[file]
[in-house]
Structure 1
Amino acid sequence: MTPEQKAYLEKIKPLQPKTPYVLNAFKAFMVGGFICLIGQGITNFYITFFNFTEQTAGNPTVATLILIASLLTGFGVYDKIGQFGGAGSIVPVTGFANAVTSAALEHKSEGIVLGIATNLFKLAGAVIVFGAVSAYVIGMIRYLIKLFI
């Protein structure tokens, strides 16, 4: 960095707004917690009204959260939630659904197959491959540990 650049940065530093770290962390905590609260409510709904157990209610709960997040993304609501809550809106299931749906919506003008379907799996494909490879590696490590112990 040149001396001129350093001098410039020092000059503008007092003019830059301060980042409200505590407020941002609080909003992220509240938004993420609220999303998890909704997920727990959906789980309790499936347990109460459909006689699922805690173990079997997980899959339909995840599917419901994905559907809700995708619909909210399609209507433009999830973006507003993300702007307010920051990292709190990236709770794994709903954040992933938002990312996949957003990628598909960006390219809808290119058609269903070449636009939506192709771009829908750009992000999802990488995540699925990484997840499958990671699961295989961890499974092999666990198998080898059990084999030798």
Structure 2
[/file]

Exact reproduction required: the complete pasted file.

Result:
[in-house]
Structure 1
Amino acid sequence: MTPEQKAYLEKIKPLQPKTPYVLNAFKAFMVGGFICLIGQGITNFYITFFNFTEQTAGNPTVATLILIASLLTGFGVYDKIGQFGGAGSIVPVTGFANAVTSAALEHKSEGIVLGIATNLFKLAGAVIVFGAVSAYVIGMIRYLIKLFI
């Protein structure tokens, strides 16, 4: 960095707004917690009204959260939630659904197959491959540990 650049940065530093770290962390905590609260409510709904157990209610709960997040993304609501809550809106299931749906919506003008379907799996494909490879590696490590112990 040149001396001129350093001098410039020092000059503008007092003019830059301060980042409200505590407020941002609080909003992220509240938004993420609220999303998890909704997920727990959906789980309790499936347990109460459909006689699922805690173990079997997980899959339909995840599917419901994905559907809700995708619909909210399609209507433009999830973006507003993300702007307010920051990292709190990236709770794994709903954040992933938002990312996949957003990628598909960006390219809808290119058609269903070449636009939506192709771009829908750009992000999802990488995540699925990484997840499958990671699961295989961890499974092999666990198998080898059990084999030798």
Structure 2